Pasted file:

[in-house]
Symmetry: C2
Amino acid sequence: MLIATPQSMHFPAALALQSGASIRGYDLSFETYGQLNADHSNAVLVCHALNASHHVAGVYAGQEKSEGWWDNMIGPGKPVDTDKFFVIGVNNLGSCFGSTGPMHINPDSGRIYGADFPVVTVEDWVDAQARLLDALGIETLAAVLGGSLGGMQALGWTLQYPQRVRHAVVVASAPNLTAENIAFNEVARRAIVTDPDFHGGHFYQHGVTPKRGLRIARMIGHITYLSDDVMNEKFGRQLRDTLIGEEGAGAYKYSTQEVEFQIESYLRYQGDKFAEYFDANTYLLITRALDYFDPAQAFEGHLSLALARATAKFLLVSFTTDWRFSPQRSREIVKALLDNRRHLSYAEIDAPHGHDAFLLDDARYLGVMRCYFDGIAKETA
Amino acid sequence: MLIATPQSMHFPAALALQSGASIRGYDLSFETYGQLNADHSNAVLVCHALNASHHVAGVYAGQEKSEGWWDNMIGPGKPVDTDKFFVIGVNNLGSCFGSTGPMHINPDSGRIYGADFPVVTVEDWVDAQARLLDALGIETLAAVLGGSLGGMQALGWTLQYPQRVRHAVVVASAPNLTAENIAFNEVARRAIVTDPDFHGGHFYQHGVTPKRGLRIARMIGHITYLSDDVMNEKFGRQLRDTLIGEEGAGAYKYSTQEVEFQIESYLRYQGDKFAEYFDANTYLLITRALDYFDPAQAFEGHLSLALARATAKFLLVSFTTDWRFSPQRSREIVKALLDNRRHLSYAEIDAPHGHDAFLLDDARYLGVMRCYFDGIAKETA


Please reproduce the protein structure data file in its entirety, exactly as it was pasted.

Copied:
[in-house]
Symmetry: C2
Amino acid sequence: MLIATPQSMHFPAALALQSGASIRGYDLSFETYGQLNADHSNAVLVCHALNASHHVAGVYAGQEKSEGWWDNMIGPGKPVDTDKFFVIGVNNLGSCFGSTGPMHINPDSGRIYGADFPVVTVEDWVDAQARLLDALGIETLAAVLGGSLGGMQALGWTLQYPQRVRHAVVVASAPNLTAENIAFNEVARRAIVTDPDFHGGHFYQHGVTPKRGLRIARMIGHITYLSDDVMNEKFGRQLRDTLIGEEGAGAYKYSTQEVEFQIESYLRYQGDKFAEYFDANTYLLITRALDYFDPAQAFEGHLSLALARATAKFLLVSFTTDWRFSPQRSREIVKALLDNRRHLSYAEIDAPHGHDAFLLDDARYLGVMRCYFDGIAKETA
Amino acid sequence: MLIATPQSMHFPAALALQSGASIRGYDLSFETYGQLNADHSNAVLVCHALNASHHVAGVYAGQEKSEGWWDNMIGPGKPVDTDKFFVIGVNNLGSCFGSTGPMHINPDSGRIYGADFPVVTVEDWVDAQARLLDALGIETLAAVLGGSLGGMQALGWTLQYPQRVRHAVVVASAPNLTAENIAFNEVARRAIVTDPDFHGGHFYQHGVTPKRGLRIARMIGHITYLSDDVMNEKFGRQLRDTLIGEEGAGAYKYSTQEVEFQIESYLRYQGDKFAEYFDANTYLLITRALDYFDPAQAFEGHLSLALARATAKFLLVSFTTDWRFSPQRSREIVKALLDNRRHLSYAEIDAPHGHDAFLLDDARYLGVMRCYFDGIAKETA